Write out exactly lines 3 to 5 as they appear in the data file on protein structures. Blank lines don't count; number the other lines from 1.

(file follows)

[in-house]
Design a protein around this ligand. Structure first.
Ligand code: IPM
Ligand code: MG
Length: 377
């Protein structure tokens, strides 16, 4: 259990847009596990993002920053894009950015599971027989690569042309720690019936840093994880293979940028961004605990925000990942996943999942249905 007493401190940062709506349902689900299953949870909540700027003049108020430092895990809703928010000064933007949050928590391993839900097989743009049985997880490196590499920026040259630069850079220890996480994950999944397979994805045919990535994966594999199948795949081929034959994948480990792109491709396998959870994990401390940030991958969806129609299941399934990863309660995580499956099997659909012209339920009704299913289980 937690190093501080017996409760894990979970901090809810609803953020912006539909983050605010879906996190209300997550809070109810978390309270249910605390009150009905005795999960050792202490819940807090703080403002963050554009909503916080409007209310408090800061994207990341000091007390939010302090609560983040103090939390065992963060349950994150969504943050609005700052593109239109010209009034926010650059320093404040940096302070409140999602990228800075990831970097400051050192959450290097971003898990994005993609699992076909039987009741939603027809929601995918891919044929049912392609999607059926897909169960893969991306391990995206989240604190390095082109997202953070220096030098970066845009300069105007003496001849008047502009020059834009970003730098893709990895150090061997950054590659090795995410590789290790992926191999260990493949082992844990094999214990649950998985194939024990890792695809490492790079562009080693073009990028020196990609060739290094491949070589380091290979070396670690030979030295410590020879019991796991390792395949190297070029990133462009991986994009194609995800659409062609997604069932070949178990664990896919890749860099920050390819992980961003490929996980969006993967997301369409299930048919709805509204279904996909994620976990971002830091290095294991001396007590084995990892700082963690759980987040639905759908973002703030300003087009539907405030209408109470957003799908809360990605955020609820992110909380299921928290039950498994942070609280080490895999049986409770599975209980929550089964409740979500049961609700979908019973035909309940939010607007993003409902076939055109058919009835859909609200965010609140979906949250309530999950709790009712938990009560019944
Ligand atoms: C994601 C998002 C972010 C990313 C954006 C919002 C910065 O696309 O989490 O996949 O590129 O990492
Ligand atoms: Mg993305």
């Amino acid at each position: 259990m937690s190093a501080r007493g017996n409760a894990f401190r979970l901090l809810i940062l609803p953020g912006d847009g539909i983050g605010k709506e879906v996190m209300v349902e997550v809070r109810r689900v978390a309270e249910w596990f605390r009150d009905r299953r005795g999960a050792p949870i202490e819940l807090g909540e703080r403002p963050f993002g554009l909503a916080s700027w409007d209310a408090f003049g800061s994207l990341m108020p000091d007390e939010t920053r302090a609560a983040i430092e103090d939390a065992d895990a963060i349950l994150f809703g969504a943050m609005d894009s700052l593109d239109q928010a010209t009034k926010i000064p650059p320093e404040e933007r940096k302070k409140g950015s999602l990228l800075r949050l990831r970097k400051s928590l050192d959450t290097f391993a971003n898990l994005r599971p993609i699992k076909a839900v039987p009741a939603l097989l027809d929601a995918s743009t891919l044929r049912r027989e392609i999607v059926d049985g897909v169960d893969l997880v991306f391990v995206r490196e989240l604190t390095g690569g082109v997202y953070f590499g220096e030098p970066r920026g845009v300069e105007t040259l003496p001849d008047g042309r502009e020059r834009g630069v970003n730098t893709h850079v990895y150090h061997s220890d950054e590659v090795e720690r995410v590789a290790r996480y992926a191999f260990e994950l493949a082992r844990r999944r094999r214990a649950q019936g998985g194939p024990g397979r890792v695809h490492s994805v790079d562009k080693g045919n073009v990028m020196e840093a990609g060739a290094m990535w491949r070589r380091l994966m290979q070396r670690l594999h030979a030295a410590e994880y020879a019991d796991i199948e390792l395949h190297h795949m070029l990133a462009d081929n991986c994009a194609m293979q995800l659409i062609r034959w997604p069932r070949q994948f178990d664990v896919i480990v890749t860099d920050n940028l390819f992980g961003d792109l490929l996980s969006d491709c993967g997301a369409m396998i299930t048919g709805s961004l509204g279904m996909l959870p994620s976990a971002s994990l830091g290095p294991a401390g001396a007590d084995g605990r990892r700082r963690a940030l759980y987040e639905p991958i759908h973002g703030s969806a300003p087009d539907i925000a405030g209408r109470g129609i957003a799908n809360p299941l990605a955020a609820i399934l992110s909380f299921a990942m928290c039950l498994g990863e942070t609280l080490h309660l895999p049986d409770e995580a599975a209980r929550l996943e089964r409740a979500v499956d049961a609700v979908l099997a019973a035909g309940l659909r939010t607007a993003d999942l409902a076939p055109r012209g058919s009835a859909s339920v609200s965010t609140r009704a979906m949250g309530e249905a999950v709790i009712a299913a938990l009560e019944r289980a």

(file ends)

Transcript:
Ligand code: IPM
Ligand code: MG
Length: 377